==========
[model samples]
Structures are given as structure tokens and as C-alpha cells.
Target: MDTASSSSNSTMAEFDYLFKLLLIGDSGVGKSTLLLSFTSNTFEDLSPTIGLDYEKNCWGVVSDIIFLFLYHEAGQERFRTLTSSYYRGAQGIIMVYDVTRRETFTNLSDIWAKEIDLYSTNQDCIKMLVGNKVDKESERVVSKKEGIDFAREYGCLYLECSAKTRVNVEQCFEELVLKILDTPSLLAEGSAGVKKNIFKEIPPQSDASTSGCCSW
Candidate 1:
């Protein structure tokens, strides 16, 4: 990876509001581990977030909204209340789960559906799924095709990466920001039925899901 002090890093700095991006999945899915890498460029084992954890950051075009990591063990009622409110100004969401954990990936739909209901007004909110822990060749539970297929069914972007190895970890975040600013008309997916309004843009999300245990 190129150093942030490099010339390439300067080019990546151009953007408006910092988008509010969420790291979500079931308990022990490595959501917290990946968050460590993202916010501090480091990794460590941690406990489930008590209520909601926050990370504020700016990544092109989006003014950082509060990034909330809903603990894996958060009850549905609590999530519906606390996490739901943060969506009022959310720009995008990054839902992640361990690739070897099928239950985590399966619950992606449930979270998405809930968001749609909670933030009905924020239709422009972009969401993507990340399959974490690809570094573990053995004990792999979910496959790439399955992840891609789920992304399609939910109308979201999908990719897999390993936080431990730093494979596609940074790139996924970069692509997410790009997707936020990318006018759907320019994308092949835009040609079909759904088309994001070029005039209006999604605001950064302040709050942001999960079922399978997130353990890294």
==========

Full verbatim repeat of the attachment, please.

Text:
[model samples]
Structures are given as structure tokens and as C-alpha cells.
Target: MDTASSSSNSTMAEFDYLFKLLLIGDSGVGKSTLLLSFTSNTFEDLSPTIGLDYEKNCWGVVSDIIFLFLYHEAGQERFRTLTSSYYRGAQGIIMVYDVTRRETFTNLSDIWAKEIDLYSTNQDCIKMLVGNKVDKESERVVSKKEGIDFAREYGCLYLECSAKTRVNVEQCFEELVLKILDTPSLLAEGSAGVKKNIFKEIPPQSDASTSGCCSW
Candidate 1:
């Protein structure tokens, strides 16, 4: 990876509001581990977030909204209340789960559906799924095709990466920001039925899901 002090890093700095991006999945899915890498460029084992954890950051075009990591063990009622409110100004969401954990990936739909209901007004909110822990060749539970297929069914972007190895970890975040600013008309997916309004843009999300245990 190129150093942030490099010339390439300067080019990546151009953007408006910092988008509010969420790291979500079931308990022990490595959501917290990946968050460590993202916010501090480091990794460590941690406990489930008590209520909601926050990370504020700016990544092109989006003014950082509060990034909330809903603990894996958060009850549905609590999530519906606390996490739901943060969506009022959310720009995008990054839902992640361990690739070897099928239950985590399966619950992606449930979270998405809930968001749609909670933030009905924020239709422009972009969401993507990340399959974490690809570094573990053995004990792999979910496959790439399955992840891609789920992304399609939910109308979201999908990719897999390993936080431990730093494979596609940074790139996924970069692509997410790009997707936020990318006018759907320019994308092949835009040609079909759904088309994001070029005039209006999604605001950064302040709050942001999960079922399978997130353990890294």